Differences Between Temporary Child Custody and Permanent

By Beverly Bird

Most state courts base custody decisions on the best interests of the children. Many legislative codes are vague about what these best interests are, but they’re relatively uniform in opposing disruption to a child’s life by uprooting him from one parent and placing him with the other without good cause. Temporary custody often leads to permanent custody for this reason. The major distinctions between the two are their duration and a parent's ability to modify them.

De Facto Custody

De facto means “what is.” De facto custody is the arrangement that exists at the time parents separate. If one parent moves out of the family home and leaves his children with the other parent, he has established de facto custody with that parent. He's effectively telling the court that he believes the other parent is perfectly capable of caring for his children. If parents decide to separate or divorce, but they remain living together during the legal process, they both have de facto custody.

Temporary Custody

De facto custody with one parent sets a precedent for temporary custody. Temporary custody orders occur when one parent begins either the divorce process or a custody lawsuit. Courts put temporary orders in place to govern the situation until they issue more permanent orders. Temporary orders ensure children contact with both their parents and set a visitation schedule as the litigation unfolds. They usually contain language stating that they’re only valid until the court issues a permanent order. If the children are happy and well-cared for during this time, a judge would need a compelling reason to change the custodial arrangement when he issues a permanent order.

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Permanent Custody

When a divorce is final, the decree includes custody provisions. In custody lawsuits that are not part of a divorce, the judge issues an order at the end of the litigation when he makes his final decision. Both are permanent custody orders. During the divorce or custody trial, the parent with temporary custody can attempt to show how well the children are doing in her care and argue that there’s no reason to remove them from that environment. The non-custodial parent has the burden of proof to convince the court that the children would do better if the court ordered them to move to his home. This can be an uphill battle, but it’s not impossible, especially if the custodial parent has interfered with visitation during the term of the temporary order. After the court issues a permanent custody order, its terms go on indefinitely into the future. This doesn’t mean that the terms can never be changed, but something significant would have to occur in the custodial parent’s home to warrant a modification.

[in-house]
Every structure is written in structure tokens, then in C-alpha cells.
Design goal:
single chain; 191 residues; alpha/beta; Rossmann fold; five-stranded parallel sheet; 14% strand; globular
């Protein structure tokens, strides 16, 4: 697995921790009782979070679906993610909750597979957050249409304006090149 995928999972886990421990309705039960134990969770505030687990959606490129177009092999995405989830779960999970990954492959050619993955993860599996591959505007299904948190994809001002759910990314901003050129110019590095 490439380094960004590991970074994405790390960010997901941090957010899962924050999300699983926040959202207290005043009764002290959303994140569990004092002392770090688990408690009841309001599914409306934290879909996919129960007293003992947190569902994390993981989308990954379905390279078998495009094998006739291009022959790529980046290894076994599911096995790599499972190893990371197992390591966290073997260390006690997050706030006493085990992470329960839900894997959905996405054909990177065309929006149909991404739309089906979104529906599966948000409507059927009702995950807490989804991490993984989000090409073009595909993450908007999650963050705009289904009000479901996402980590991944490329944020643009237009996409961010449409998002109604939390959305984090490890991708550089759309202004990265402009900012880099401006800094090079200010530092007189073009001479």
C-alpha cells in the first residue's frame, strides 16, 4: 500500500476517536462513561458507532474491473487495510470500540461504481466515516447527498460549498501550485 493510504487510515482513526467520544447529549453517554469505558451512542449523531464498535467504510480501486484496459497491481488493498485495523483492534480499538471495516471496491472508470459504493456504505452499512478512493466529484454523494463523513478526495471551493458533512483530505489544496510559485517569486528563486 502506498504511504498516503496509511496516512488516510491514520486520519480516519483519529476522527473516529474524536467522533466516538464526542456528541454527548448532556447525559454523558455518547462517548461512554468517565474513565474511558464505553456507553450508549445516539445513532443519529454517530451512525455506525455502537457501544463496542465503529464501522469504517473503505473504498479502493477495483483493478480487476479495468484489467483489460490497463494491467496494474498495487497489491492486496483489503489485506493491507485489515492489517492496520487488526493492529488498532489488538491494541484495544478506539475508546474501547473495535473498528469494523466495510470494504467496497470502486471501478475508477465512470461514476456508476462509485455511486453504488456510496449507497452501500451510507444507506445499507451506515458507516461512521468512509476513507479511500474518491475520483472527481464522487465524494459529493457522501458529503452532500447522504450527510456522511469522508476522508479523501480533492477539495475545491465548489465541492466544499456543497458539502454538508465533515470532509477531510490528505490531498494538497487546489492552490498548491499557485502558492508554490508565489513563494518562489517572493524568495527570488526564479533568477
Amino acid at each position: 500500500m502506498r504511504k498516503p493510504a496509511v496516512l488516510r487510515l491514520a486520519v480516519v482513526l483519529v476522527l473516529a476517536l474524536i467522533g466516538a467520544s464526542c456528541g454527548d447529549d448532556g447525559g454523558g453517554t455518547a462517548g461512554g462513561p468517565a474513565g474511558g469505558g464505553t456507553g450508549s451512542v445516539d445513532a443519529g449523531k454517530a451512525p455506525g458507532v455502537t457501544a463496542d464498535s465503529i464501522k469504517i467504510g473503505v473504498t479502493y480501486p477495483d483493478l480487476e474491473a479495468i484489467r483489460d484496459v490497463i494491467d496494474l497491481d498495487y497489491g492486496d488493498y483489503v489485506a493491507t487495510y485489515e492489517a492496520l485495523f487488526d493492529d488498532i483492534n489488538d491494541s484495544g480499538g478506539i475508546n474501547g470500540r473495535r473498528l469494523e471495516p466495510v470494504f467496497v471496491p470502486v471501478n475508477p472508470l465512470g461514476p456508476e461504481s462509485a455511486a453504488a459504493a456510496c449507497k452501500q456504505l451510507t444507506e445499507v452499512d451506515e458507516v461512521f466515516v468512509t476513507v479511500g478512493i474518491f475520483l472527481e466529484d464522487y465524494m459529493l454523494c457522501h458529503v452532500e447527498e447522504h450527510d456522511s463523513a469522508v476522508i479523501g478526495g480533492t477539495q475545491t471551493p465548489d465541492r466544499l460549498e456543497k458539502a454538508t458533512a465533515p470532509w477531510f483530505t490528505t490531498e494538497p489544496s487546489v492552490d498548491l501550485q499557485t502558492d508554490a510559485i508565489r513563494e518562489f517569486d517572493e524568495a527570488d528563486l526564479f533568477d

Enforcement and Modification

If a parent violates the terms of either a temporary or permanent order, the other parent can file a petition with the court for enforcement. Modifying or changing either type of custody order is usually more difficult. Judges are unlikely to change temporary orders because, by their very nature, they’re not forever. If the judge is going to change the terms of a temporary order, he’ll generally do so at the time he issues a permanent order to supersede it. Changing a permanent custody order involves going back to court for modification, and the parent seeking the modification would have to prove a change of circumstance that makes it inappropriate for the children to continue living in the custodial parent’s home.

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Types of Custody Motions

References

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Texas Family Laws on Child Custody & Visitation

When parents divorce in Texas, the final divorce decree must include a parenting plan for children who are under the age of 18, disabled, or still in high school. The parenting plan must indicate who is responsible for making decisions for the children regarding such issues as schooling and medical care, as well as address parenting time and child support. The Texas Family Code states that parents must provide a safe and stable environment for the children and encourages frequent contact with the children as long as the parents demonstrate the ability to act in the children's best interests.

Colorado Joint Child Custody Laws

Colorado is one of the more progressive states when it comes to joint parenting post-divorce. Although many state courts won't order joint custody -- especially when parents are reluctant to try to get along -- Colorado judges order or approve the arrangement approximately 20 percent of the time, according to Marrison Family Law in Colorado Springs. The state assumes that joint custody is in the best interests of the children, unless parents are opposed to it, have an extremely hostile relationship, or one parent is unfit.

How to Behave in Custody Battles

The end of a marriage is difficult, but the idea of losing custody of your children is terrifying. A judge's only concern in deciding custody is your child's best interest. Parent behavior during a custody battle can influence the judge as he decides which residential placement meets that criteria. Knowing a judge's criteria in terms of your behavior can better help you demonstrate that your child's best interest lies with you.

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